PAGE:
Critters making themselves at home

CNJ staff photo: Liliana Castillo Ground squirrels and the holes they call home are prevalent at Greene Acres Park.

By Sharna Johnson: CNJ staff writer

Using all three dimensions of space, fluffy tails disappear into the ground and a curious nose pokes up through another hole only a few feet away followed by a flurry of fur and feet heading towards a picnic table.

Ground squirrels are on the move at Greene Acres Park.

This year the population of ground squirrels at the park has reached higher numbers than normal.

And officials worry it’s just a matter of time before the now Swiss-cheese-like turf starts twisting the ankles of human visitors.

“We don’t keep count of them, I just know there’s more than needs to be there,” said Neil Lambert, a supervisor with Clovis’ Parks and Recreation Department.

“The holes are a problem, the ground squirrels themselves are not.”

Lambert, who has been on the job 10 years, said ground squirrels are always present at the park but some years there are more than others.

This year, the holes made by the chipmunk-sized rodents have pockmarked the park’s landscape, he said.

“People step in the holes and sprain their ankles and dogs chase them and dig (bigger) holes. They don’t have much luck catching them but they chase them.”

Visitors feeding the creatures may compound the problem, he said as the squirrels begin to lose their fear of humans.

Such a comfort level could backfire and result in bites, he said, if they come to expect humans will feed them.

“They get over their fear of humans and then they become kind of aggressive,” he said. “They know they’re a lot quicker than you are.”

Public Health Veterinarian with Department of Health Paul Ettestad said wild animal populations typically increase in places where food resources are plentiful.

In a lake environment where visitors are picnicking, feeding ducks and plants and trees are thriving, the ground squirrels have likely found their perfect home.

“It’s about food resources, so either you have trees there … or your having a lot of people feeding (and) I’m sure they’re out there at night getting the pickings (left over from the ducks),” he said.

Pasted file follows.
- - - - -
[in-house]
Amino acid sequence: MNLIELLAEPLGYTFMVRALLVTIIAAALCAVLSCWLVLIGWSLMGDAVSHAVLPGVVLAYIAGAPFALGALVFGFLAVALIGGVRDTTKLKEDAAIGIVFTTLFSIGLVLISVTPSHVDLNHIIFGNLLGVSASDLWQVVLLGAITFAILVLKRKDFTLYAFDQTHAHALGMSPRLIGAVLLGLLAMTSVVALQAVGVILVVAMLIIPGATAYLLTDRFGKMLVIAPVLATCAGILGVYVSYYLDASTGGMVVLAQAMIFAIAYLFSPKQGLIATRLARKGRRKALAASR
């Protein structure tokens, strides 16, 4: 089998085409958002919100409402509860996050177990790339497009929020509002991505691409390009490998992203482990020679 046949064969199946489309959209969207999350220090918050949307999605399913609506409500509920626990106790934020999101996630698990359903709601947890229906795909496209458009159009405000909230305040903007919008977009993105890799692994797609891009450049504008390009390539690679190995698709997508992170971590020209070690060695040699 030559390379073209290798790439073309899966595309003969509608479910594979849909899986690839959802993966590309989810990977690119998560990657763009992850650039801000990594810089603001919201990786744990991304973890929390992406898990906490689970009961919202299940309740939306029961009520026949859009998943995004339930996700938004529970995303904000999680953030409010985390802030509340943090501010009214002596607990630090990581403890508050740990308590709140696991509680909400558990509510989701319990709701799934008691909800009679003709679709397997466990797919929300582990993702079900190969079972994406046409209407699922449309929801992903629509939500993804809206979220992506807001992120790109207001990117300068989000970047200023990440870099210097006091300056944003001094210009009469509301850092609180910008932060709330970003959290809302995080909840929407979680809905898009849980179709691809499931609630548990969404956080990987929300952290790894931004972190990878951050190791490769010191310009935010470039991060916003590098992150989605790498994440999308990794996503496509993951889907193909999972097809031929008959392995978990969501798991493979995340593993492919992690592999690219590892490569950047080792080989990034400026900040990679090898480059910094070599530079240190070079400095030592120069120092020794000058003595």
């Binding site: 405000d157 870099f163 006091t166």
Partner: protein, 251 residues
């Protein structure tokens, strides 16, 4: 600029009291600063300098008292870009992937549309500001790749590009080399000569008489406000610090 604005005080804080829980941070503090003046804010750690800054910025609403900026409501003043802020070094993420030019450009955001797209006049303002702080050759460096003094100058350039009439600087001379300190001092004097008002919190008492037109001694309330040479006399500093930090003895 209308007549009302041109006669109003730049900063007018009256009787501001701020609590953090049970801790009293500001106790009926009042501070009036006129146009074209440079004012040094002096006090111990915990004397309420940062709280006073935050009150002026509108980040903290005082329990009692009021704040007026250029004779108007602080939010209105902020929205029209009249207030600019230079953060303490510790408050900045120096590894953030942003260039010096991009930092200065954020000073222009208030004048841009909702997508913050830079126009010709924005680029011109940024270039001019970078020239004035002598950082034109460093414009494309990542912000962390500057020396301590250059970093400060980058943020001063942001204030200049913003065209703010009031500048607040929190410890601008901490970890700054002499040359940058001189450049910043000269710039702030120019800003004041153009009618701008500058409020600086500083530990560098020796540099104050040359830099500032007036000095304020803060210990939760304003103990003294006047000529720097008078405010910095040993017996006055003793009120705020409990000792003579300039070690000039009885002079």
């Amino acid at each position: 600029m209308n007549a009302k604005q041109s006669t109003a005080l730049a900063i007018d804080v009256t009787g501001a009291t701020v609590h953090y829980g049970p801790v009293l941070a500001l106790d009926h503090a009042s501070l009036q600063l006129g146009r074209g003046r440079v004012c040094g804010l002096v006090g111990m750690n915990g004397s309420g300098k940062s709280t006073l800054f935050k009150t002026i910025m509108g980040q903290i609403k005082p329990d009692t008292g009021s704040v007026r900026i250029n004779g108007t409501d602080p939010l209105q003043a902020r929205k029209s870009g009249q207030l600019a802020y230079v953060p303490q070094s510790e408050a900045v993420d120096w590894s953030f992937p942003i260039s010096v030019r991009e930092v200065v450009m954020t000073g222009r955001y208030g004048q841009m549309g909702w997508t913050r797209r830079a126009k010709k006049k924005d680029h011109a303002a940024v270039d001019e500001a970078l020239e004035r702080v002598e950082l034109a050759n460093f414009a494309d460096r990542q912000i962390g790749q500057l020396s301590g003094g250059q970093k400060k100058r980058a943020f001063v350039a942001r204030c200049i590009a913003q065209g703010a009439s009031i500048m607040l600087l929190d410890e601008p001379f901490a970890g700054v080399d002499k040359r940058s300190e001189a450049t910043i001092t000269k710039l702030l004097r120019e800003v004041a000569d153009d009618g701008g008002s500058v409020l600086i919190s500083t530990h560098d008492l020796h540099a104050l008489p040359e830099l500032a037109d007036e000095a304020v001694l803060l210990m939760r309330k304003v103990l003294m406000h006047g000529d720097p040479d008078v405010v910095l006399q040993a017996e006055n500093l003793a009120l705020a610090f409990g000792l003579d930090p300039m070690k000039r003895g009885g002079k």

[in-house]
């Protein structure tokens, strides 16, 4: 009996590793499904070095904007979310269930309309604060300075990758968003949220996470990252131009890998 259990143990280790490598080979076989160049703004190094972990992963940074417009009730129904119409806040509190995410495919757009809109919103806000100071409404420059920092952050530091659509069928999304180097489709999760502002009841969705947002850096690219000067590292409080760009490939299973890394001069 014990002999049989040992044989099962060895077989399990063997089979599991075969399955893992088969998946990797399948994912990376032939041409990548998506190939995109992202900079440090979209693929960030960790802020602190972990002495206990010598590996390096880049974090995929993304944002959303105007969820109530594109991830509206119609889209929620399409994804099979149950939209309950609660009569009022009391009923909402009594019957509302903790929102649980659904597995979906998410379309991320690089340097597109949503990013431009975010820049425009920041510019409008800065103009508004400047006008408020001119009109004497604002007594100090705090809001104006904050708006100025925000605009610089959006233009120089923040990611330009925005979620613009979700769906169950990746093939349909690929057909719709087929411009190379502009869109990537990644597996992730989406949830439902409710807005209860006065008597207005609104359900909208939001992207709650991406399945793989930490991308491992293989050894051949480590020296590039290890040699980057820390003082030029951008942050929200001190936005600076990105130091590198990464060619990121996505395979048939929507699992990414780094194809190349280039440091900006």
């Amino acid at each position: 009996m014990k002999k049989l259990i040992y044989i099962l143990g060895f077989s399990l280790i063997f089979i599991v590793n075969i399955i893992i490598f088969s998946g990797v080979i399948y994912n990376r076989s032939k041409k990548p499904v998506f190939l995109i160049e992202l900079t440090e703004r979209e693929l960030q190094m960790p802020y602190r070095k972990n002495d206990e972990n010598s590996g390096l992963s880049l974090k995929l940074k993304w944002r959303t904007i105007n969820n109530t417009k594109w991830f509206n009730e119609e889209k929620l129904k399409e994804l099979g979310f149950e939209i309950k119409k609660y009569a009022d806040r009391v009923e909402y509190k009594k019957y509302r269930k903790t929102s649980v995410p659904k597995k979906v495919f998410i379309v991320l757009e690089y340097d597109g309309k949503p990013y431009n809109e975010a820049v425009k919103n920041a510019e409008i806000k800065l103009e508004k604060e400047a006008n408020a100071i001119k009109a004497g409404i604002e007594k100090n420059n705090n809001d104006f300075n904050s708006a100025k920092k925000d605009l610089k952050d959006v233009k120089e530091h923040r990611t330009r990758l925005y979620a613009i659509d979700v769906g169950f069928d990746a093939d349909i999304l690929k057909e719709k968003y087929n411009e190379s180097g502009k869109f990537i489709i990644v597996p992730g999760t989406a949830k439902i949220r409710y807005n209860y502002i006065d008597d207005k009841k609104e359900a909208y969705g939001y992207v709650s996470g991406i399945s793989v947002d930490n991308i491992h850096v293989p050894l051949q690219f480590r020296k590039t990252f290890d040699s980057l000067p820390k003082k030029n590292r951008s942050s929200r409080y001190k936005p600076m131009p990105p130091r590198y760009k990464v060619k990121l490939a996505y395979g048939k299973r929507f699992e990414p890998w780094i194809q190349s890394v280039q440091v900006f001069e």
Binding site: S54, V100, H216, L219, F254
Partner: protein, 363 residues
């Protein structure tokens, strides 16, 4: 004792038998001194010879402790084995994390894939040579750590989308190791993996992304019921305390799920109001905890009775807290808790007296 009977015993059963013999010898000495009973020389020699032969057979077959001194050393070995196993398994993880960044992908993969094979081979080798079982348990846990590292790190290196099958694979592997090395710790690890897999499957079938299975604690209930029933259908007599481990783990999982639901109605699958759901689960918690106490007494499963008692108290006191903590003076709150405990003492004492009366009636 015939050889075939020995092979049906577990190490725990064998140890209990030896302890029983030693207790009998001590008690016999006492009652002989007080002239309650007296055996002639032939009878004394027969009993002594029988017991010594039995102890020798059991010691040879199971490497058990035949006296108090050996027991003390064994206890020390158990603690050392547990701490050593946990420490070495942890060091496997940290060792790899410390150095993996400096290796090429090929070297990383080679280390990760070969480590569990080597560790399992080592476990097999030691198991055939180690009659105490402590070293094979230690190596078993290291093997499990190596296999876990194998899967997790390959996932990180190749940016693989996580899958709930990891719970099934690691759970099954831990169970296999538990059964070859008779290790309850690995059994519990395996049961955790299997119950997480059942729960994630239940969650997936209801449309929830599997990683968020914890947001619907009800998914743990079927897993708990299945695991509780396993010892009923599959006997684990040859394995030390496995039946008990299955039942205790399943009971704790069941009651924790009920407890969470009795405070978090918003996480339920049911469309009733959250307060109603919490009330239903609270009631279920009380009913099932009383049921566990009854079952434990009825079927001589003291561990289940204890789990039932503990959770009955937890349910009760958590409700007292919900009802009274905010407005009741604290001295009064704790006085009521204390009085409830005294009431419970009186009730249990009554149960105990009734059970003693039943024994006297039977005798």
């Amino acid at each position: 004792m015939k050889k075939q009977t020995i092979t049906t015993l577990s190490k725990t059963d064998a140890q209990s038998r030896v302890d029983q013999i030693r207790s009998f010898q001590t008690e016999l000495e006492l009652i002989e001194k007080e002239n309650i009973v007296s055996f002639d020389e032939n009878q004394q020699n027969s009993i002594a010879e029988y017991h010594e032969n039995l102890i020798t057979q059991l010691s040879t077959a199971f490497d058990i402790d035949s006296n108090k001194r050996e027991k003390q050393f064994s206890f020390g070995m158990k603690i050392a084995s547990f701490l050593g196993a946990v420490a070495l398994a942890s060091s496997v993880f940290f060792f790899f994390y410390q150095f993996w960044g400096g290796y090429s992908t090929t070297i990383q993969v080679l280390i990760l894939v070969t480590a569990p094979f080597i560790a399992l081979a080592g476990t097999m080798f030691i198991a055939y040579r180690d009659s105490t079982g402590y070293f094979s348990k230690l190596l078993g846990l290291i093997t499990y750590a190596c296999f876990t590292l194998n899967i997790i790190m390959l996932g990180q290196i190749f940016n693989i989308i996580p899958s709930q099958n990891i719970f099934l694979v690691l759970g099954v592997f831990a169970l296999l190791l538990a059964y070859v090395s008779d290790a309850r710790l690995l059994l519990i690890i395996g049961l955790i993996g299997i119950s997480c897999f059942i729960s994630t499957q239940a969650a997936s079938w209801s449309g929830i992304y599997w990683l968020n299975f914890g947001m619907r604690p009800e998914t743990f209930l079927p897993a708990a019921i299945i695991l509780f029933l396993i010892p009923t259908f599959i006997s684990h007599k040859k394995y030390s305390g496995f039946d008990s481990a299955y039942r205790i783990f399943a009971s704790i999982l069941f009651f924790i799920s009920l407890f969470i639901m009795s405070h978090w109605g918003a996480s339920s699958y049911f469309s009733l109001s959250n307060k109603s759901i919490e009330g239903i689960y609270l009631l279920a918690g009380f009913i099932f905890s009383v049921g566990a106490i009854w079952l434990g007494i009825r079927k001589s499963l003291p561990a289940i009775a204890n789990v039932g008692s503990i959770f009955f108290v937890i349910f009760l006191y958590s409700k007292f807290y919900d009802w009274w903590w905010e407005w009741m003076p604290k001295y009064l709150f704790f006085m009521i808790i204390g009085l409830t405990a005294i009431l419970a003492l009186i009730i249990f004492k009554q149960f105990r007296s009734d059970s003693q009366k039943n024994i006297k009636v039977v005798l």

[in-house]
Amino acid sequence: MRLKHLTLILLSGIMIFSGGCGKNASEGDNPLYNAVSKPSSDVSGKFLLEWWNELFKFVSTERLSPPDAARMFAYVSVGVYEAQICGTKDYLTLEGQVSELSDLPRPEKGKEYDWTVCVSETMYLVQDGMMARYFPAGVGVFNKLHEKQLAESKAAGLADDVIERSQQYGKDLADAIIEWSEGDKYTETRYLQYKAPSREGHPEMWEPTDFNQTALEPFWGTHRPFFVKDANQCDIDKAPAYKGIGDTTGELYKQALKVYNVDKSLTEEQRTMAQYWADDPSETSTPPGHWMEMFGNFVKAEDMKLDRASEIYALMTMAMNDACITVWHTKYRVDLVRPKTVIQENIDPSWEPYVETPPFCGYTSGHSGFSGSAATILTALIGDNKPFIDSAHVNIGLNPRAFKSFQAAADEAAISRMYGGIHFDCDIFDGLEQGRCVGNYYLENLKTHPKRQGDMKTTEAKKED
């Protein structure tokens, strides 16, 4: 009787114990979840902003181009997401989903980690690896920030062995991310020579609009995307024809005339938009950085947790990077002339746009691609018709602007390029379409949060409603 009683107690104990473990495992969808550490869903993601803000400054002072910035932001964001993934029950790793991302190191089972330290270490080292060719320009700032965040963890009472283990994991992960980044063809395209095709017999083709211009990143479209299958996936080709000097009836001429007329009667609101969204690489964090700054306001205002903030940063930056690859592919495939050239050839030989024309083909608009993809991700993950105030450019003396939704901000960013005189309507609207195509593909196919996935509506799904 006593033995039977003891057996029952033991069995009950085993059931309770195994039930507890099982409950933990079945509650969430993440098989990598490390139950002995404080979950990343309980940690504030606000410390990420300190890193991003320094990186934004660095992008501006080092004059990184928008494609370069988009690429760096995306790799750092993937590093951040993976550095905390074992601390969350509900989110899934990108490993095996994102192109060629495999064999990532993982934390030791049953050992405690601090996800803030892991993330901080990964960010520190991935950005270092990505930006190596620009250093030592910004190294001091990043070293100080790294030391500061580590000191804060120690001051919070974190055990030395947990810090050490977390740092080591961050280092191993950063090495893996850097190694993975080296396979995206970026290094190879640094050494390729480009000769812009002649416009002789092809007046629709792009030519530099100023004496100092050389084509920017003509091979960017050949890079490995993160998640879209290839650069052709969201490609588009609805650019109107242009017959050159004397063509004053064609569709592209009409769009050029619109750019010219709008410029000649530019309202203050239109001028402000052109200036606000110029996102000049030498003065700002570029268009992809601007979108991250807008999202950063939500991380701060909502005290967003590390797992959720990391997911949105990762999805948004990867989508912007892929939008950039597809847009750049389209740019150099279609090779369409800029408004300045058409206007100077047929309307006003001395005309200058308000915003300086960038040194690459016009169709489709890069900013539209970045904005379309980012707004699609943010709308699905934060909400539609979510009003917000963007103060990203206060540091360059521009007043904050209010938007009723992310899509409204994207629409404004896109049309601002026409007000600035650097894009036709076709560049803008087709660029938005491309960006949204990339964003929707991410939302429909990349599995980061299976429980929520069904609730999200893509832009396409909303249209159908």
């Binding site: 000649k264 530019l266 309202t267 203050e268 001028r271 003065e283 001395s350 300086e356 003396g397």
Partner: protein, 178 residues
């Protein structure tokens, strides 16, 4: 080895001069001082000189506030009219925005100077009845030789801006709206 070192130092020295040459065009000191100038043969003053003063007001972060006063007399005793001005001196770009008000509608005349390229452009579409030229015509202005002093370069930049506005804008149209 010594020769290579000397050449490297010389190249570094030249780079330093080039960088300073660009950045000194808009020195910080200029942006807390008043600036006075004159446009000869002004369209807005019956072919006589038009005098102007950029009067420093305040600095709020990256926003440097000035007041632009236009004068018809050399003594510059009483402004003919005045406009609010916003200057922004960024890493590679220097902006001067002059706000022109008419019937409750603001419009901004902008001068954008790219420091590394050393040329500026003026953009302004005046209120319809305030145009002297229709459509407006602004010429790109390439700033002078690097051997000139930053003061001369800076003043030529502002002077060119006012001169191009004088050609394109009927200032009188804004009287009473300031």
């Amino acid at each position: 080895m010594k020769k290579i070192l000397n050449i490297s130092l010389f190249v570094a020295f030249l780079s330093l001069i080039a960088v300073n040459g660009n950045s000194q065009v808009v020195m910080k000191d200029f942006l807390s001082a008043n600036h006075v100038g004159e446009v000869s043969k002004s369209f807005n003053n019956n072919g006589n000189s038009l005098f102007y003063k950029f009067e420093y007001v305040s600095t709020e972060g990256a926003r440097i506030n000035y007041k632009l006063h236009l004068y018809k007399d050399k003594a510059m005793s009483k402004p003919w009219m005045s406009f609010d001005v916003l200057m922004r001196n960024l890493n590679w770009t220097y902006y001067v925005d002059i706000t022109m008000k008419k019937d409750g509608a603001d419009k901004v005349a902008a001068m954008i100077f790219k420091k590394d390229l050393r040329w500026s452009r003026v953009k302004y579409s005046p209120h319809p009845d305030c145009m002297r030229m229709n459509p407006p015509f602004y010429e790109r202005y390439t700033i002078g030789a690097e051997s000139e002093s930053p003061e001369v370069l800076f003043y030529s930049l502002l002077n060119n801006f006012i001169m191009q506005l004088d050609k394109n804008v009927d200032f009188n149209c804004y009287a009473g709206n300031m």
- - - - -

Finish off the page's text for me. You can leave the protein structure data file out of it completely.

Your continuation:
Curry County has been free of plague, a disease associated with fleas that bite rodents, thus far, and ground squirrels have not been linked to the disease, Ettestad said.

But he said it is still prudent to avoid animals that have the potential to be carriers.

Human interference with wildlife increases problems of food dependency and higher risk of bites, he said.

“People should try to teach their kids to be respectful of all wildlife and not to feed them,” he said.

But the park isn’t the only place in Clovis that ground squirrels are calling home.

Maintenance Supervisor Jimmy Dominguez said the critters have long been a nuisance at the Clovis Municipal Golf Course.

Every year, he said they pepper the course with holes and threaten underground irrigation equipment.

“They dig holes all over the place and they’re troublesome,” he said.

“Seems like there’s more this year. They spread out real quick every year. They’re just wild out here.”

Last week, Dominguez said he accepted the offer of a team of men from Lubbock who capture ground squirrels and sell them as pets overseas.

The men reported capturing 180 ground squirrels in one day using a water-flushing method, he said.

“And there’s still some left. I’ve seen them running around out there,” Dominguez said.